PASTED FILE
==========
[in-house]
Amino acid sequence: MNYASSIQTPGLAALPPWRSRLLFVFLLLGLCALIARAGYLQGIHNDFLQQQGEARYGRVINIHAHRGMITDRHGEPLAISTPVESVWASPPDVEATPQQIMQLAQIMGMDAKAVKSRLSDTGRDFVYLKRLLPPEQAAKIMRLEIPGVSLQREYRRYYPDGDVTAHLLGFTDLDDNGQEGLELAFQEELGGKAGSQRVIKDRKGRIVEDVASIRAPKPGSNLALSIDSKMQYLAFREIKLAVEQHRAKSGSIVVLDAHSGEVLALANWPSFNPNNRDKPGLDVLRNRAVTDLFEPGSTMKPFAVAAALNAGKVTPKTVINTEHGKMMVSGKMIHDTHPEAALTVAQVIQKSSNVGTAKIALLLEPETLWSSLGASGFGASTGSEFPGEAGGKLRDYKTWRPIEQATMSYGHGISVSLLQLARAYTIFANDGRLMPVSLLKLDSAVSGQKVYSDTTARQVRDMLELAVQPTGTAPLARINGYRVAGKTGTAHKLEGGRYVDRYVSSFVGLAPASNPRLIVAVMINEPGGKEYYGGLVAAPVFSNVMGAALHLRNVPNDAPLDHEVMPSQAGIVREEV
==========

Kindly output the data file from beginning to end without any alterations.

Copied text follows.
[in-house]
Amino acid sequence: MNYASSIQTPGLAALPPWRSRLLFVFLLLGLCALIARAGYLQGIHNDFLQQQGEARYGRVINIHAHRGMITDRHGEPLAISTPVESVWASPPDVEATPQQIMQLAQIMGMDAKAVKSRLSDTGRDFVYLKRLLPPEQAAKIMRLEIPGVSLQREYRRYYPDGDVTAHLLGFTDLDDNGQEGLELAFQEELGGKAGSQRVIKDRKGRIVEDVASIRAPKPGSNLALSIDSKMQYLAFREIKLAVEQHRAKSGSIVVLDAHSGEVLALANWPSFNPNNRDKPGLDVLRNRAVTDLFEPGSTMKPFAVAAALNAGKVTPKTVINTEHGKMMVSGKMIHDTHPEAALTVAQVIQKSSNVGTAKIALLLEPETLWSSLGASGFGASTGSEFPGEAGGKLRDYKTWRPIEQATMSYGHGISVSLLQLARAYTIFANDGRLMPVSLLKLDSAVSGQKVYSDTTARQVRDMLELAVQPTGTAPLARINGYRVAGKTGTAHKLEGGRYVDRYVSSFVGLAPASNPRLIVAVMINEPGGKEYYGGLVAAPVFSNVMGAALHLRNVPNDAPLDHEVMPSQAGIVREEV